Let’s look at decisioning in action. UBS, for example, built a detailed data lineage and governance tool that offers deep transparency into the data flows that feed its risk reporting mechanisms to meet finance compliance regulations.
Another example is NASA, which has decades of mission experience that wasn’t well catalogued. NASA built a knowledge graph-enhanced application to comb through millions of documents, reports, project data, lessons learned, scientific research, medical analysis, geospatial data, and IT logs. As a result, an old breakthrough from the Apollo era in the 1960s solved a problematic issue in its 21st Century Orion class of crewed spaceships. It saved a million dollars of taxpayer money by heading off the need for two years of work reinventing the wheel.
And in the life sciences, one large global pharmaceutical company is working with knowledge graphs to help clinicians know when to best intervene for complex diseases. Its data science team used graph algorithms to find patients that had specific journey types and patterns, and find others with similar experiences. This insight is used to train its machine learning model, analyse predictions, and bring back results to help clinicians make better decisions. And we’re talking about scale—this company’s knowledge graph holds three years of visits, tests, and patient diagnoses across tens of billions of records.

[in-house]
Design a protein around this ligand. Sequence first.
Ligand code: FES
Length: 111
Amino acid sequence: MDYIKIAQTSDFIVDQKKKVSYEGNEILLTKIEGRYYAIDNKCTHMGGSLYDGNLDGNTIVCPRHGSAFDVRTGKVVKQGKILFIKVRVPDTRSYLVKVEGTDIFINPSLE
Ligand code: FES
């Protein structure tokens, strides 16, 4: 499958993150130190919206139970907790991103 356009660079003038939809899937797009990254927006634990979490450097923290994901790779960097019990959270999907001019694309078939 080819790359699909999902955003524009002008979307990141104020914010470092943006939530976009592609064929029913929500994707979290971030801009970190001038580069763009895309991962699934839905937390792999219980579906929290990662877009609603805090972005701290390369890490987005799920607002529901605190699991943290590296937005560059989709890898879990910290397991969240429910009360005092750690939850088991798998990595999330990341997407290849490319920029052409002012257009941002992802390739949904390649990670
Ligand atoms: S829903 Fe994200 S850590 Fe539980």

By using the power of knowledge graphs, AI and machine learning models are better able to represent relationships. That means the organisations using them can find more accurate interpretations of complex data, putting context back into data, and training AI to be a trustworthy partner.
It’s a powerful trend that we see more and more in data science. No wonder the c-suite is waking up to this innovation.
Maya Natarajan is Sr. Director Product Marketing at native graph database leader Neo4j
Copyright © 2022 IDG Communications, Inc.
By IDG Contributing Editor